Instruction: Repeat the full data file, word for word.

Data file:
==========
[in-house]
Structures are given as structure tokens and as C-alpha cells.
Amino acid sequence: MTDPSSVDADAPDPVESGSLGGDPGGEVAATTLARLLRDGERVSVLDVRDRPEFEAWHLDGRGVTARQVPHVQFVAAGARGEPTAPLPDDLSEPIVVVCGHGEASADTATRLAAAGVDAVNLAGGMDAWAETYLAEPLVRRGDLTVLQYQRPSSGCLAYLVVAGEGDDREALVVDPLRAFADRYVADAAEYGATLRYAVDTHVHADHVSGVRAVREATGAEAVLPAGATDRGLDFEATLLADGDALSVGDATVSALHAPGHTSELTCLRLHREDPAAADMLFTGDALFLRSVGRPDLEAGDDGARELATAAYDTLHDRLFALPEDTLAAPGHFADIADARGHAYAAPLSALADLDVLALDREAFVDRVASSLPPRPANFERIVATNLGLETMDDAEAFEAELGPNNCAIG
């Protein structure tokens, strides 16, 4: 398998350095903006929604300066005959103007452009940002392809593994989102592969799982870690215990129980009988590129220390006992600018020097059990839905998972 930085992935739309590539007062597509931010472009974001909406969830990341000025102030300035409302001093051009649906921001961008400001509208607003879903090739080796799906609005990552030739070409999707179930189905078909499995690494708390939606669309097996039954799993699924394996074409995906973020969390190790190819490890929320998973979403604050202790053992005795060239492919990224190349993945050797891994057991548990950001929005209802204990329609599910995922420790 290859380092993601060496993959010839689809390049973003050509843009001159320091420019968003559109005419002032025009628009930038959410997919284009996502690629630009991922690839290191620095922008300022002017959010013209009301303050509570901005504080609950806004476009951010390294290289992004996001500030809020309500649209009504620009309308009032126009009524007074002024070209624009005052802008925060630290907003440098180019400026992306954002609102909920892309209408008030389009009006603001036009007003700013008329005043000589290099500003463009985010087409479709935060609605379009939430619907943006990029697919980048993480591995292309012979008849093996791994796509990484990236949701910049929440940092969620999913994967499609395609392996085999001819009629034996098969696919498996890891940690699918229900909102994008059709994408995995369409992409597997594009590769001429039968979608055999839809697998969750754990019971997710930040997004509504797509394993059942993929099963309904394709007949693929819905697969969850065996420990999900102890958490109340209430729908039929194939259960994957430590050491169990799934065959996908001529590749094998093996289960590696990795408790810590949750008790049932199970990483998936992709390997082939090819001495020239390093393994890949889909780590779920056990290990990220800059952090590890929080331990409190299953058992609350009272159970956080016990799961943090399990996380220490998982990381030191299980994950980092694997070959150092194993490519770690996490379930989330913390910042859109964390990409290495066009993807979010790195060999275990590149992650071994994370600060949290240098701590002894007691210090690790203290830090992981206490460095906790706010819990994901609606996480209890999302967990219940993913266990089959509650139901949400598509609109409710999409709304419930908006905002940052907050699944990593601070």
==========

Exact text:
[in-house]
Structures are given as structure tokens and as C-alpha cells.
Amino acid sequence: MTDPSSVDADAPDPVESGSLGGDPGGEVAATTLARLLRDGERVSVLDVRDRPEFEAWHLDGRGVTARQVPHVQFVAAGARGEPTAPLPDDLSEPIVVVCGHGEASADTATRLAAAGVDAVNLAGGMDAWAETYLAEPLVRRGDLTVLQYQRPSSGCLAYLVVAGEGDDREALVVDPLRAFADRYVADAAEYGATLRYAVDTHVHADHVSGVRAVREATGAEAVLPAGATDRGLDFEATLLADGDALSVGDATVSALHAPGHTSELTCLRLHREDPAAADMLFTGDALFLRSVGRPDLEAGDDGARELATAAYDTLHDRLFALPEDTLAAPGHFADIADARGHAYAAPLSALADLDVLALDREAFVDRVASSLPPRPANFERIVATNLGLETMDDAEAFEAELGPNNCAIG
């Protein structure tokens, strides 16, 4: 398998350095903006929604300066005959103007452009940002392809593994989102592969799982870690215990129980009988590129220390006992600018020097059990839905998972 930085992935739309590539007062597509931010472009974001909406969830990341000025102030300035409302001093051009649906921001961008400001509208607003879903090739080796799906609005990552030739070409999707179930189905078909499995690494708390939606669309097996039954799993699924394996074409995906973020969390190790190819490890929320998973979403604050202790053992005795060239492919990224190349993945050797891994057991548990950001929005209802204990329609599910995922420790 290859380092993601060496993959010839689809390049973003050509843009001159320091420019968003559109005419002032025009628009930038959410997919284009996502690629630009991922690839290191620095922008300022002017959010013209009301303050509570901005504080609950806004476009951010390294290289992004996001500030809020309500649209009504620009309308009032126009009524007074002024070209624009005052802008925060630290907003440098180019400026992306954002609102909920892309209408008030389009009006603001036009007003700013008329005043000589290099500003463009985010087409479709935060609605379009939430619907943006990029697919980048993480591995292309012979008849093996791994796509990484990236949701910049929440940092969620999913994967499609395609392996085999001819009629034996098969696919498996890891940690699918229900909102994008059709994408995995369409992409597997594009590769001429039968979608055999839809697998969750754990019971997710930040997004509504797509394993059942993929099963309904394709007949693929819905697969969850065996420990999900102890958490109340209430729908039929194939259960994957430590050491169990799934065959996908001529590749094998093996289960590696990795408790810590949750008790049932199970990483998936992709390997082939090819001495020239390093393994890949889909780590779920056990290990990220800059952090590890929080331990409190299953058992609350009272159970956080016990799961943090399990996380220490998982990381030191299980994950980092694997070959150092194993490519770690996490379930989330913390910042859109964390990409290495066009993807979010790195060999275990590149992650071994994370600060949290240098701590002894007691210090690790203290830090992981206490460095906790706010819990994901609606996480209890999302967990219940993913266990089959509650139901949400598509609109409710999409709304419930908006905002940052907050699944990593601070």